The board of the European Investment Fund recently approved a €150m trade finance facility for Cyprus that will re-activate credit lines with international banks and support short-term trade-related instruments. The board also approved a loan of €150m for the establishment of a Cyprus Entrepreneurship Scheme to finance small and medium-sized enterprises. In the banking sector, some banks have already announced a reduction in lending interest rates, which many interpret as an encouraging sign.

Cutting red tape

Another priority for Cyprus is the reform of public administration and reduction in governmental bureaucracy, which, the president says, also includes the attitude towards foreign investors, both existing and prospective.

To this end, additional tax incentives are being offered for existing or new companies doing business in Cyprus, and friendlier regulations for residency and citizenship are hoped to entice investors from outside the EU, including the provision of residency to non-EU citizens for investments greater than €300,000.

The IMF’s Ms Velculescu says Cyprus’s business model will need to move away from financial services and towards other services where the country has a comparative advantage. “Tourism and business services [legal, consulting, accounting] are expected to support the recovery and medium-term growth. These sectors benefit from a low corporate tax regime, educated labour force, strong institutions, and low structural barriers to growth. Prospects from the exploitation of gas reserves provide an upside for long-term potential growth,” she says.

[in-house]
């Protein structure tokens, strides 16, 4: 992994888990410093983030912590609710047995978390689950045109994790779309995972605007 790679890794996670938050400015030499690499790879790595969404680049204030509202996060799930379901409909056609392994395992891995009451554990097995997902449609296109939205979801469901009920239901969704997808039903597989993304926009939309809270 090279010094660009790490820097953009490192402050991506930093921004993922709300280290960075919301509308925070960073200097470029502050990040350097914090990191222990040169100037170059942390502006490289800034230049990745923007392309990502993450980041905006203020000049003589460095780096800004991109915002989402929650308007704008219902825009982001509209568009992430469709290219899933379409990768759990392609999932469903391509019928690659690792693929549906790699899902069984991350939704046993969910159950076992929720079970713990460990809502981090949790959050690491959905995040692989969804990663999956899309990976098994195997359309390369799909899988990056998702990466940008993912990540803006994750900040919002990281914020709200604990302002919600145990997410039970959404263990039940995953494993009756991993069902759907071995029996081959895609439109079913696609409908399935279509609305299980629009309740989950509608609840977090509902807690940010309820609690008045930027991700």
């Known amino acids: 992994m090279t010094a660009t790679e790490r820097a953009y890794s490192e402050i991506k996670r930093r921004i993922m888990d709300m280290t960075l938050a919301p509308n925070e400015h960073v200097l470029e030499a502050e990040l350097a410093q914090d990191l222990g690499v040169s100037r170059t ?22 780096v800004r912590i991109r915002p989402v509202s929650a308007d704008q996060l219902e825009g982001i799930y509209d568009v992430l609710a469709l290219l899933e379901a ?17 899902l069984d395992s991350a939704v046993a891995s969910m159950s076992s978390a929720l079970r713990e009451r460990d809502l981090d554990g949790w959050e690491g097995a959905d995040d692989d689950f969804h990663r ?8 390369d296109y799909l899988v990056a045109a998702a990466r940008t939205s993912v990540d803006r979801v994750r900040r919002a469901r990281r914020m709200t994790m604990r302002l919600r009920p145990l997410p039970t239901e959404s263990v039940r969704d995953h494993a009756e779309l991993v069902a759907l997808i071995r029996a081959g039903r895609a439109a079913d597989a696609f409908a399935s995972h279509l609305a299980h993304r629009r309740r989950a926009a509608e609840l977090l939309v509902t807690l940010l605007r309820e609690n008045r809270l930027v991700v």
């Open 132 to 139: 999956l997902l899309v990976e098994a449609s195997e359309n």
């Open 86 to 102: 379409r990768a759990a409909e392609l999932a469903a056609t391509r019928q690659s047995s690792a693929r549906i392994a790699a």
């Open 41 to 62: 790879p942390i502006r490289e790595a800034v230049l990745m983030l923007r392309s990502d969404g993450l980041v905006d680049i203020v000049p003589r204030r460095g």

Changing tack

Cypriots for the most part accept the island’s role as a financial centre will change, perhaps for good; but that does not mean it cannot continue to be a centre for international business.

“If by the term ‘financial centre’ we mean global activity within the banks and a lot of foreign money coming to Cyprus to stay there for long periods of time, then yes, for the foreseeable future that is the end of Cyprus playing that role. However, businesses using Cyprus as headquarters for their business operations, holding companies and marketing activities, etcetera, have not left Cyprus, or at least not any more than they would have done in normal circumstances,” says Phidias Pilides, president of the Cyprus Chamber of Commerce.

Evgenios Evgeniou, chief executive of PwC Cyprus, agrees with Mr Pilides about Cyprus’s continuing competitiveness as a business hub, and also makes the case that the crisis has demonstrated something valuable about the character of the country.

“Considering what happened to Cyprus and the fact that it went through what was potentially the worst crisis in the eurozone, there has been social peace throughout,” he says. “From the perspective of a foreign investor it is useful to see that only a few months after the crisis you can go about your business normally. This demonstrates the resilience of the people of Cyprus, but also shows that despite the problems there is a commitment to rebuild the economy on a stronger footing and come out of the situation stronger.”